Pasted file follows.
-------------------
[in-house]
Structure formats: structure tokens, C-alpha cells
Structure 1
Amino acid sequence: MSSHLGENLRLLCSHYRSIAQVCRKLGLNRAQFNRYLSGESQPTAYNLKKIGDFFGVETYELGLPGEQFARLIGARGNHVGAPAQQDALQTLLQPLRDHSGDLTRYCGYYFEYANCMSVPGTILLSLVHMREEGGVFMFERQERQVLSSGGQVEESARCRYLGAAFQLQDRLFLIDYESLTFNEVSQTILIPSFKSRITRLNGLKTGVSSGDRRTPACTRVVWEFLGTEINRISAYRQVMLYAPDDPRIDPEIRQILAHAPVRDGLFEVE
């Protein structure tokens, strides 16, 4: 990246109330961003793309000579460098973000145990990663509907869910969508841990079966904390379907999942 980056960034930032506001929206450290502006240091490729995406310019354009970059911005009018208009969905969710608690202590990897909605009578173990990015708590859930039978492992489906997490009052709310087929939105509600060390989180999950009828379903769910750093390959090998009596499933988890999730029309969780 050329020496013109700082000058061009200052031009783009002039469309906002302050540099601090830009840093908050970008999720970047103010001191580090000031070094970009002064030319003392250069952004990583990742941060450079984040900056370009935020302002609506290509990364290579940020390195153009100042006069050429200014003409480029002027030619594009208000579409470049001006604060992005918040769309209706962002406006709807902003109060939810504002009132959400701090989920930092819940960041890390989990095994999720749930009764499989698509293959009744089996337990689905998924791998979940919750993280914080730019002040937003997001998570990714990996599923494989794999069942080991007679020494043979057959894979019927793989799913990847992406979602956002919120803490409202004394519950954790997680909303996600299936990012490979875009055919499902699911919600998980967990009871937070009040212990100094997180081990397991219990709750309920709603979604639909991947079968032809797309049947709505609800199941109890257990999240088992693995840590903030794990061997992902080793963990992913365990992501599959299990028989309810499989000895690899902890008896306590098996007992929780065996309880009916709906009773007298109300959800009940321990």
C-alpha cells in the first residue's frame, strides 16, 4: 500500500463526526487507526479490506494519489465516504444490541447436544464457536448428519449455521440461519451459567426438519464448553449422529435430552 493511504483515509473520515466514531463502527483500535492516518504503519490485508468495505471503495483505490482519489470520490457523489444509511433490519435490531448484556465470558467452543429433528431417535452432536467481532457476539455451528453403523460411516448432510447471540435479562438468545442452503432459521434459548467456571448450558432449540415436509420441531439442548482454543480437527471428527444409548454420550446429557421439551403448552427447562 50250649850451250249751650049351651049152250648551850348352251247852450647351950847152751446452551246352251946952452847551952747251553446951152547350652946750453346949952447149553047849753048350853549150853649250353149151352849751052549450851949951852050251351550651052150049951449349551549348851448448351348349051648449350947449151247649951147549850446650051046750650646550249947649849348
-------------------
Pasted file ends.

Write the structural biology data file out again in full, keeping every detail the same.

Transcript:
[in-house]
Structure formats: structure tokens, C-alpha cells
Structure 1
Amino acid sequence: MSSHLGENLRLLCSHYRSIAQVCRKLGLNRAQFNRYLSGESQPTAYNLKKIGDFFGVETYELGLPGEQFARLIGARGNHVGAPAQQDALQTLLQPLRDHSGDLTRYCGYYFEYANCMSVPGTILLSLVHMREEGGVFMFERQERQVLSSGGQVEESARCRYLGAAFQLQDRLFLIDYESLTFNEVSQTILIPSFKSRITRLNGLKTGVSSGDRRTPACTRVVWEFLGTEINRISAYRQVMLYAPDDPRIDPEIRQILAHAPVRDGLFEVE
């Protein structure tokens, strides 16, 4: 990246109330961003793309000579460098973000145990990663509907869910969508841990079966904390379907999942 980056960034930032506001929206450290502006240091490729995406310019354009970059911005009018208009969905969710608690202590990897909605009578173990990015708590859930039978492992489906997490009052709310087929939105509600060390989180999950009828379903769910750093390959090998009596499933988890999730029309969780 050329020496013109700082000058061009200052031009783009002039469309906002302050540099601090830009840093908050970008999720970047103010001191580090000031070094970009002064030319003392250069952004990583990742941060450079984040900056370009935020302002609506290509990364290579940020390195153009100042006069050429200014003409480029002027030619594009208000579409470049001006604060992005918040769309209706962002406006709807902003109060939810504002009132959400701090989920930092819940960041890390989990095994999720749930009764499989698509293959009744089996337990689905998924791998979940919750993280914080730019002040937003997001998570990714990996599923494989794999069942080991007679020494043979057959894979019927793989799913990847992406979602956002919120803490409202004394519950954790997680909303996600299936990012490979875009055919499902699911919600998980967990009871937070009040212990100094997180081990397991219990709750309920709603979604639909991947079968032809797309049947709505609800199941109890257990999240088992693995840590903030794990061997992902080793963990992913365990992501599959299990028989309810499989000895690899902890008896306590098996007992929780065996309880009916709906009773007298109300959800009940321990």
C-alpha cells in the first residue's frame, strides 16, 4: 500500500463526526487507526479490506494519489465516504444490541447436544464457536448428519449455521440461519451459567426438519464448553449422529435430552 493511504483515509473520515466514531463502527483500535492516518504503519490485508468495505471503495483505490482519489470520490457523489444509511433490519435490531448484556465470558467452543429433528431417535452432536467481532457476539455451528453403523460411516448432510447471540435479562438468545442452503432459521434459548467456571448450558432449540415436509420441531439442548482454543480437527471428527444409548454420550446429557421439551403448552427447562 50250649850451250249751650049351651049152250648551850348352251247852450647351950847152751446452551246352251946952452847551952747251553446951152547350652946750453346949952447149553047849753048350853549150853649250353149151352849751052549450851949951852050251351550651052150049951449349551549348851448448351348349051648449350947449151247649951147549850446650051046750650646550249947649849348